As public biotechs seek to climb out of the bear market, a popular strategy to raise cash has been through public offerings on the heels of positive data. But one proposed raise Wednesday appeared to take advantage not of a company’s own data, but those from a competitor.

Cerevel Therapeutics plans to raise $250 million in a public offering and another $250 million in debt, the biotech announced Wednesday afternoon, even though it did not report any news on its pipeline. However, the move comes days after rival Karuna Therapeutics touted positive Phase III data in schizophrenia, a field where Cerevel is pursuing a similar program.

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Who are the women blaz­ing trails in bio­phar­ma R&D? Nom­i­nate them for End­points' 2022 spe­cial re­port

Over the past three years, Endpoints News has spotlighted 60 women who have blazed trails and supercharged R&D across the biopharma world. And judging from the response we’ve received, to both our special reports and live events, telling their stories — including any obstacles they may have had to overcome — has inspired our readers in many different ways.

But change takes time, and the fact remains that women are still underrepresented at the upper ranks of the drug-making world.

Up­dat­ed: Amid mas­sive re­struc­tur­ing, Bio­gen looks to re­duce phys­i­cal pres­ence in Boston

Biogen is putting a sizable chunk of office and research space in Kendall Square and Weston, MA up for sublease, marking another big change as the biotech grapples with the aftershock of a disastrous and controversial rollout for its Alzheimer’s drug.

The subbleases are “part of Biogen’s overall implementation of the ‘Future of Work,’ which is allowing us to optimize our footprint and reduce the amount of space we occupy, taking into consideration new elements such as the hybrid work model,” Biogen spokesperson Ashleigh Koss wrote in a statement to Endpoints News, adding that the company has had subleases across several buildings for years.

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Bernat Olle, Vedanta Biosciences CEO

Cit­ing 'chal­leng­ing eco­nom­ic en­vi­ron­ment,' PhI­II-ready mi­cro­bio­me biotech lays off 20% of staffers

The market downturn isn’t just sweeping up public biotechs.

Vedanta Biosciences, a developer of oral drugs derived from the human microbiome, is laying off about 20% of its staff — an unfortunately common occurrence these days. But CEO Bernat Olle took the unusual step of sharing the decision on LinkedIn and offering to connect the employees being let go with any company that’s hiring in their areas.

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Hervé Affagard, MaaT Pharma CEO

One year in­to clin­i­cal hold, FDA has more ques­tions about 'pooled' mi­cro­bio­me ther­a­py

The FDA is still wary about a trial testing a microbiome therapy in patients with steroid-resistant acute graft-versus-host disease (aGVHD).

A year after MaaT Pharma’s IND application in the US was first met with a clinical hold, the French biotech said the agency is maintaining the hold. The crux of the matter, MaaT suggested, has to do with the way it puts together its drug candidate, which is administered as an enema (i.e. an injection of fluid into the bowel).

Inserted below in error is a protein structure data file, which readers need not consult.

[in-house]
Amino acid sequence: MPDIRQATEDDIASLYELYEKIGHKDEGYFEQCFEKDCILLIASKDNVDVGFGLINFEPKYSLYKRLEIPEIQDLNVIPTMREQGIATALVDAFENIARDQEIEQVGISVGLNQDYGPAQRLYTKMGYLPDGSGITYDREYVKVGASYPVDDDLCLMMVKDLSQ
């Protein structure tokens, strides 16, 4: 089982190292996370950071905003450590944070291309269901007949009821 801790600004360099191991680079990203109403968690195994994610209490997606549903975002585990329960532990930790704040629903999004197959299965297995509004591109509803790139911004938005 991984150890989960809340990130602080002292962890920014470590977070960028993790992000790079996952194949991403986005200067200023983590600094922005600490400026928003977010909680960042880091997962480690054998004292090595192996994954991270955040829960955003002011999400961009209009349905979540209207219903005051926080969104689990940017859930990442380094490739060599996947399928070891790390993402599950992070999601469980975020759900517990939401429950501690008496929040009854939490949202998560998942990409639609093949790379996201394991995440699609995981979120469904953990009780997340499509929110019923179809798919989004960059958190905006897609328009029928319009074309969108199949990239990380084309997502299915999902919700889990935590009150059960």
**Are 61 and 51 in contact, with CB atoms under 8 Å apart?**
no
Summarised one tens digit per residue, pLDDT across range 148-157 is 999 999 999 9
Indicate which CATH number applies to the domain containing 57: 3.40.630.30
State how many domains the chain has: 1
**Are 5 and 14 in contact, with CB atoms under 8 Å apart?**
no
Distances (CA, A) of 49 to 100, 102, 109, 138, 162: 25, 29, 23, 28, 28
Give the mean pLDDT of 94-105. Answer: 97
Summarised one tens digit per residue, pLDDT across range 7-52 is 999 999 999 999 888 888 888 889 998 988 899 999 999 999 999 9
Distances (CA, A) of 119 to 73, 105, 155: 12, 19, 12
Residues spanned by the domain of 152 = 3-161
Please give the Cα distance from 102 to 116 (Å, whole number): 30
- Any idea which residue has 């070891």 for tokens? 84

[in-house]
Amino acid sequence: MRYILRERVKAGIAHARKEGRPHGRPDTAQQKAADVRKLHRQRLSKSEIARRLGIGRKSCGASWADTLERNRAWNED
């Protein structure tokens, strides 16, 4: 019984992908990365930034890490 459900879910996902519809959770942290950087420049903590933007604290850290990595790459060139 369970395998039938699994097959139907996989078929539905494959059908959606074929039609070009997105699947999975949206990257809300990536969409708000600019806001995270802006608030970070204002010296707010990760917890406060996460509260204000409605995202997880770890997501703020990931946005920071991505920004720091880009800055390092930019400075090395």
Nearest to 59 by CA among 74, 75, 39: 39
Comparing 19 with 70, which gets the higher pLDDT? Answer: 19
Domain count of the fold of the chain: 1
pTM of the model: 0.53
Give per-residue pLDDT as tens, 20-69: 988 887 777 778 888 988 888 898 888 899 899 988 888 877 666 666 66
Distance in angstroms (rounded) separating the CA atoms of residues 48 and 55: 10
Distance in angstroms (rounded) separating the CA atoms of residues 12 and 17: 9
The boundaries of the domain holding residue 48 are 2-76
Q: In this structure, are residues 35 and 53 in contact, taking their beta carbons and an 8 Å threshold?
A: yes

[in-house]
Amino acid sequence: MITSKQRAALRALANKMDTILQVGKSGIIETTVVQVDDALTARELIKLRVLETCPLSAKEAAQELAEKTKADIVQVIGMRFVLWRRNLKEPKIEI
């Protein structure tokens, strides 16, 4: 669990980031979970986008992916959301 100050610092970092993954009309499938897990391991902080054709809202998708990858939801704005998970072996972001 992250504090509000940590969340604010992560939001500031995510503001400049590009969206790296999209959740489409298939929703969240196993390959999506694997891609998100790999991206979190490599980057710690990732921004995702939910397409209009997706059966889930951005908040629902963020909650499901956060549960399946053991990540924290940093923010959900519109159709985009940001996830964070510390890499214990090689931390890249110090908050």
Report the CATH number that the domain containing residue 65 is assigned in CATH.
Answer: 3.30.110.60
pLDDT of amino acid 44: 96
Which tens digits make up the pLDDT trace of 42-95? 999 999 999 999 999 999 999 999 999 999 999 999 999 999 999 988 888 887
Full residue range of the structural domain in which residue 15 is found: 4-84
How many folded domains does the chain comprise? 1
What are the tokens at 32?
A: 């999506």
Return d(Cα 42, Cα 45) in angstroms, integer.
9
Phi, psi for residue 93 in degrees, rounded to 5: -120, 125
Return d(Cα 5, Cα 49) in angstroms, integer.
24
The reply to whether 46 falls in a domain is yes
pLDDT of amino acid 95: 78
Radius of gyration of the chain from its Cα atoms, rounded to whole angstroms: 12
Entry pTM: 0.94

Lorenz Mayr, Vector BioPharma CEO (PhoreMost)

Up­dat­ed: 'Close to the mid­dle': Ver­sant launch­es Vec­tor with 'gut­less ade­n­ovirus' de­liv­ery method

Most of the gene therapy world centers around viral vectors, but a few biotechs have sprung up in recent years to try and avoid the safety issues that can come with adeno-associated viruses.

A new biotech has emerged to straddle somewhere “close to the middle,” in the words of Alex Mayweg, Versant managing director and board member of the incubator’s latest startup, Vector BioPharma.

Pfiz­er launch­es re­bate pro­gram for rare dis­ease pa­tients who have to stop tak­ing Panzy­ga

Pfizer is launching its second-ever rebate program, this time for Panzyga, its treatment for a rare neurological disease of the peripheral nerves.

The program began last month, according to STAT which first reported the news, and offers a refund of out-of-pocket costs for patients who must discontinue their course before the fifth treatment for “clinical reasons.”

Panzyga was approved back in 2018 to treat primary immunodeficiency (PI) in patients two years and older and chronic immune thrombocytopenia (cITP) in adults. It has since picked up an indication in chronic inflammatory demyelinating polyneuropathy (CIDP), a condition that’s characterized by weakness of the arms or legs, tingling or numbness, and a loss of deep tendon reflexes, according to the NIH.

Horizon's back-to-school campaign for children with cystinosis includes an all about me poster as part of a care package box.

Hori­zon read­ies kids and fam­i­lies for back to school with week­long ac­tiv­i­ties around rare dis­ease cysti­nosis

Going back to school is usually a bumpy readjustment from summer freedom for all kids, but especially for kids with chronic health conditions. Horizon Therapeutics is hoping to help smooth the way for some who have the rare disease cystinosis. Cystinosis is a genetic disease that causes the amino acid cystine to build up in different tissues and organs.

The “Gear Up” for school campaign is running all week with different online and at-home events and activities for families and children with cystinosis. Each family who signed up receives a care package mailed to their home including an activity coloring book “Michael’s Show-and-Tell.” The book tells Michael’s story about living with cystinosis while offering kids matching, coloring and finding object games along with information.